As required, detailed embodiments of the present invention are disclosed herein. It must be understood that the disclosed embodiments are merely exemplary examples of the invention that may be embodied in various and alternative forms, and combinations thereof. As used herein, the word “exemplary” is used expansively to refer to embodiments that serve as an illustration, specimen, model or pattern. The figures are not necessarily to scale and some features may be exaggerated or minimized to show details of particular components. In other instances, well-known components, systems, materials or methods have not been described in detail in order to avoid obscuring the present invention. Therefore, specific structural and functional details disclosed herein are not to be interpreted as limiting, but merely as a basis for the claims and as a representative basis for teaching one skilled in the art to variously employ the present invention.

Referring initially to FIG. 1, an exemplary electronic device 1 is illustrated. The electronic device can be a mobile communications device, for example a personal digital assistant (“PDA”), a handset, a portable computer, combinations thereof, and the like. In the exemplary illustration, the electronic device is a handset. The handset can include an indicator 3. The indicator can be, for example, a light emitting diode (LED) that indicates various status states of the device 1. A mobile communications device 1 generally includes a speaker 5 and a microphone 7. The speaker 5 and the microphone 7 collectively and respectively transmit and collect audio signals. The device 1 includes a display 11 for communicating features and status to the user and for enabling the user to navigate the control system and use various features of the device. The display 11 may also be used to display, for example, photographs, videos, movies, streaming video, GPS information, email, Internet, voice mail options, combinations thereof, and the like. As illustrated, the device 1 can include a plurality of keys, including softkeys 13, function keys 15, an initiate call key 17, and a terminate call key 19. Some devices can also include a toggle switch 21. A toggle switch 21 can allow navigation through various menus and lists and/or can facilitate control of various features of the device. Instead of a toggle switch, some devices include a joy stick, a roller wheel, a rocker switch, or the like. A mobile communications device 1 generally includes an alpha-numeric keypad 23 for inputting numbers and/or letters while interacting with the device.

FIG. 2 illustrates a schematic block diagram of an exemplary mobile communications device 1 for use in accordance with an exemplary embodiment of the present invention. As illustrated, the mobile communications device 1 can be a multimode handset. FIG. 2 and the following discussion are intended to provide a brief, general description of a suitable environment in which the various aspects of an embodiment of the present invention can be implemented. While the description includes a general context of computer-executable instructions, the present invention can also be implemented in combination with other program modules and/or as a combination of hardware and software.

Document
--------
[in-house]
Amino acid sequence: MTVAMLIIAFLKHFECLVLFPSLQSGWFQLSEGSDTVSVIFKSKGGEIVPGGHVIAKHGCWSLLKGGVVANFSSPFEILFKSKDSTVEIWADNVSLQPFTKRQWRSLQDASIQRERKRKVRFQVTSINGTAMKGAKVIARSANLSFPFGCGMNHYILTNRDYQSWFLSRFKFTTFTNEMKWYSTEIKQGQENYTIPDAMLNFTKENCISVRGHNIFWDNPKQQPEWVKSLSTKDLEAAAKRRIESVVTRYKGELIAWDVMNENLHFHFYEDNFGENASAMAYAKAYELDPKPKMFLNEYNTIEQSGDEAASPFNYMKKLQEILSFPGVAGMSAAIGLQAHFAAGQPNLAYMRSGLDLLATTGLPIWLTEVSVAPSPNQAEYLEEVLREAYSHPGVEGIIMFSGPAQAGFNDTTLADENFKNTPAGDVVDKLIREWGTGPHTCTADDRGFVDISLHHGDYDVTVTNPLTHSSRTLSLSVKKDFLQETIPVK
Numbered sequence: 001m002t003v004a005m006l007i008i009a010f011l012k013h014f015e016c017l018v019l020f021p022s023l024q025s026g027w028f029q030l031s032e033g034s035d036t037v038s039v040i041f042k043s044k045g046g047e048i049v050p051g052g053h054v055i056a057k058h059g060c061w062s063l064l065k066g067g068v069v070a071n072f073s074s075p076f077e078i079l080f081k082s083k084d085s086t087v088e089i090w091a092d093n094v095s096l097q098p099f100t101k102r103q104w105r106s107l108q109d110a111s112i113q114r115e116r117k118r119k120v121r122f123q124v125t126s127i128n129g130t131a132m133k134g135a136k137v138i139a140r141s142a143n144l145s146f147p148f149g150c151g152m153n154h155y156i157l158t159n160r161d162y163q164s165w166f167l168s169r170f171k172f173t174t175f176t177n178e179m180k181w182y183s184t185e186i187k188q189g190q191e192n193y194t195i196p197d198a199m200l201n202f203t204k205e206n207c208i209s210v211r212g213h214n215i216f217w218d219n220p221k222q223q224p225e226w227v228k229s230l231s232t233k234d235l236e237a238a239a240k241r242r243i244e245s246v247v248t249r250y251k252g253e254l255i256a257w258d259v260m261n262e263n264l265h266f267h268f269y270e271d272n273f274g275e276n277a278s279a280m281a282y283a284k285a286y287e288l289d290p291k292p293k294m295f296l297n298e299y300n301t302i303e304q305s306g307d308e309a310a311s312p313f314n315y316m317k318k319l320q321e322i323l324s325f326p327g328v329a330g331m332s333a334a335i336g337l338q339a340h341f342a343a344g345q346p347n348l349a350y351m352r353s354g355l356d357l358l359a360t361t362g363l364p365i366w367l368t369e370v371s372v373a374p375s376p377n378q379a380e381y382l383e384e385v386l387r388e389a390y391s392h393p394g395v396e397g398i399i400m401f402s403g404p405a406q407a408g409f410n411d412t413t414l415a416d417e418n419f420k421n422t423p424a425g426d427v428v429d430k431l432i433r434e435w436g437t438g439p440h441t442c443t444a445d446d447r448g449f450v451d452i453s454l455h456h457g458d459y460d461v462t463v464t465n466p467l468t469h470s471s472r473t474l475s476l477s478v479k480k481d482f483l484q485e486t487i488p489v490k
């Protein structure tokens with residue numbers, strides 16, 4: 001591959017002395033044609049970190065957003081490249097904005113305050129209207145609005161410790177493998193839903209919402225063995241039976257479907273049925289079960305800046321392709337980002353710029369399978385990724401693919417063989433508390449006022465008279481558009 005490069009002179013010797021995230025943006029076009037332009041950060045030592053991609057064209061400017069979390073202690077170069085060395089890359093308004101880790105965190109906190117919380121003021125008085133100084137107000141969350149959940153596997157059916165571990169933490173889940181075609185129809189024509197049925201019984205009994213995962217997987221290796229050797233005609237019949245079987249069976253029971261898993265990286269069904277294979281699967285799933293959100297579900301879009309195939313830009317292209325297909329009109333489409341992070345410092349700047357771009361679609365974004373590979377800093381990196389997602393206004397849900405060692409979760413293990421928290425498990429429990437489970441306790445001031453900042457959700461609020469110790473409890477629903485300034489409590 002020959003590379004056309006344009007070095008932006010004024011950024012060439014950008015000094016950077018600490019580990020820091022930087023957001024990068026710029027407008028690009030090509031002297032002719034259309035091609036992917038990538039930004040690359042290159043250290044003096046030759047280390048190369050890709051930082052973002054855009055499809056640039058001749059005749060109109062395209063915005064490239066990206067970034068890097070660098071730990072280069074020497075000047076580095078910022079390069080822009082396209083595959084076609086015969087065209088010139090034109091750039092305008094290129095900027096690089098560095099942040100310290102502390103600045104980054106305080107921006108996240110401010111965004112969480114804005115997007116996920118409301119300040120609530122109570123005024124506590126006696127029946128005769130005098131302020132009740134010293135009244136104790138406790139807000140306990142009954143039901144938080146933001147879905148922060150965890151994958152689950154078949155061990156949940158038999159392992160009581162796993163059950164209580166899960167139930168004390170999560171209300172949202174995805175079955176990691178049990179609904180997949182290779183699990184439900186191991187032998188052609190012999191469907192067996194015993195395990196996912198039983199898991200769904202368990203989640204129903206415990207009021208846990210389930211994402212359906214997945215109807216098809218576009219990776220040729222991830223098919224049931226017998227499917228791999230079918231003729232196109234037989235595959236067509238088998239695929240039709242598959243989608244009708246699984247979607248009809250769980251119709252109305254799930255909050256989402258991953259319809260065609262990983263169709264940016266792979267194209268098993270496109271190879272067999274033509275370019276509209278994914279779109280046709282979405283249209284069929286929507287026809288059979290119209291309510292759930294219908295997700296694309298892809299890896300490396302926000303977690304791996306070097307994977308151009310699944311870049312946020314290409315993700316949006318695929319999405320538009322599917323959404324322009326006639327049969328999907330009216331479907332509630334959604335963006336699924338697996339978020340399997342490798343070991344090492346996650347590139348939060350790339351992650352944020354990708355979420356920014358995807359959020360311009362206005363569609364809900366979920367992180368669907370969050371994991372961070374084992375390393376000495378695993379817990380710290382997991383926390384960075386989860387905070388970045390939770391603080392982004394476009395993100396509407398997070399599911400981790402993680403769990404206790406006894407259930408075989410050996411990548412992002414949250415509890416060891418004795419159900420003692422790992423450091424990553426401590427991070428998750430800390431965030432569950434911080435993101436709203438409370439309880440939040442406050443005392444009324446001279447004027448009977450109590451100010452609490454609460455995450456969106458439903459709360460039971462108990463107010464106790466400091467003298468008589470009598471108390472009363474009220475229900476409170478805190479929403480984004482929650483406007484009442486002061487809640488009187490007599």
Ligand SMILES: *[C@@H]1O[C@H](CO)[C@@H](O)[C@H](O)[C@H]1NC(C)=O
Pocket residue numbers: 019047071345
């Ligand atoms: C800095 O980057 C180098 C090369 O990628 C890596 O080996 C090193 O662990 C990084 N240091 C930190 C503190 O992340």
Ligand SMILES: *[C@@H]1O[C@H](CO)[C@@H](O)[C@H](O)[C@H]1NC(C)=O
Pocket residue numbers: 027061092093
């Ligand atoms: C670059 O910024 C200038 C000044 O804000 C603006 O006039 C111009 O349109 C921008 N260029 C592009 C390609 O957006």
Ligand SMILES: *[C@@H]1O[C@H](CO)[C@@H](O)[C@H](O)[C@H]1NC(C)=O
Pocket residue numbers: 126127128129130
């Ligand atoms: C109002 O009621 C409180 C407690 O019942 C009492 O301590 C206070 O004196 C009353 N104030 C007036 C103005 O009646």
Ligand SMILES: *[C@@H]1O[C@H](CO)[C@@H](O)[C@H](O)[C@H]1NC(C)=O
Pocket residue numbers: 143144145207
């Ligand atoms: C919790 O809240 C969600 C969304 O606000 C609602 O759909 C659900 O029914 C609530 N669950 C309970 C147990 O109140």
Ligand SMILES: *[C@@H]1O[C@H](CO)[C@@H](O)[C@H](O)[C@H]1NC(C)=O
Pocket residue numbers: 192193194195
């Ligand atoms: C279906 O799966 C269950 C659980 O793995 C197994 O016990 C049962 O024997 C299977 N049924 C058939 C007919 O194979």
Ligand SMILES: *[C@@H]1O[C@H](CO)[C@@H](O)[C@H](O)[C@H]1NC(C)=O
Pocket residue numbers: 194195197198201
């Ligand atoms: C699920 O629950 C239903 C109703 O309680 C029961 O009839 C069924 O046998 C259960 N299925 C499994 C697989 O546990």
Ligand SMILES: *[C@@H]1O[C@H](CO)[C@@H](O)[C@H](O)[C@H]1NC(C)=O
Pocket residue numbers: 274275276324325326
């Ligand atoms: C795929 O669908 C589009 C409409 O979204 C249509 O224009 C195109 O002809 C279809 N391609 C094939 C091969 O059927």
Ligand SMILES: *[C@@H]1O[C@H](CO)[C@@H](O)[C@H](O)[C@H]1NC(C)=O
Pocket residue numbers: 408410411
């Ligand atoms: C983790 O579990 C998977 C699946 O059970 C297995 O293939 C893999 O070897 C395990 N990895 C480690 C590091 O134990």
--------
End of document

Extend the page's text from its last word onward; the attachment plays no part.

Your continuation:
Generally, applications (e.g., program modules) can include routines, programs, components, data structures, combinations thereof, and the like, that perform particular tasks or implement particular abstract data types. Moreover, the inventive methods can be practiced with other system configurations, including single-processor or multiprocessor systems, minicomputers, mainframe computers, as well as personal computers, hand-held computing devices, microprocessor-based or programmable consumer electronics, combinations thereof, and the like, each of which can be operatively coupled to one or more associated devices.

The device 1 can include a variety of computer readable media. Computer readable media can be any available media accessed by the handset systems and includes volatile and non-volatile media, removable and non-removable media. By way of example, and not limitation, computer-readable media can comprise device storage media and communication media. Storage media includes volatile and/or non-volatile, removable and/or non-removable media implemented in any method or technology for the storage of information such as computer-readable instructions, data structures, program modules or other data. Storage media can include, but is not limited to, RAM, ROM, EEPROM, flash memory or other memory technology, CD ROM, digital video disc (DVD) or other optical disk storage, magnetic tape, magnetic disk storage or other magnetic storage devices, or any other medium that can be used to store the desired information and that can be accessed by the handset systems.

The device 1 includes a processor 25 for controlling and processing onboard operations and functions. A memory 27 interfaces to the processor 25 for the storage of data and one or more applications 31 (e.g., a video player software, user feedback component software, combinations thereof, and the like). The applications 31 can also include a user interface (UI) application 33 that operates with a client 35 (e.g., operating system) to facilitate user interaction with handset functionality and data, for example, answering/initiating calls, entering/deleting data, configuring settings, address book manipulation, multimode interaction, combinations thereof, and the like The applications 31 can include other applications 37 installed with the handset 31 and/or installed as add-ons or plug-ins to the client 35 and/or UI 33, for example, or for other purposes (e.g., processor, firmware, combinations thereof, and the like).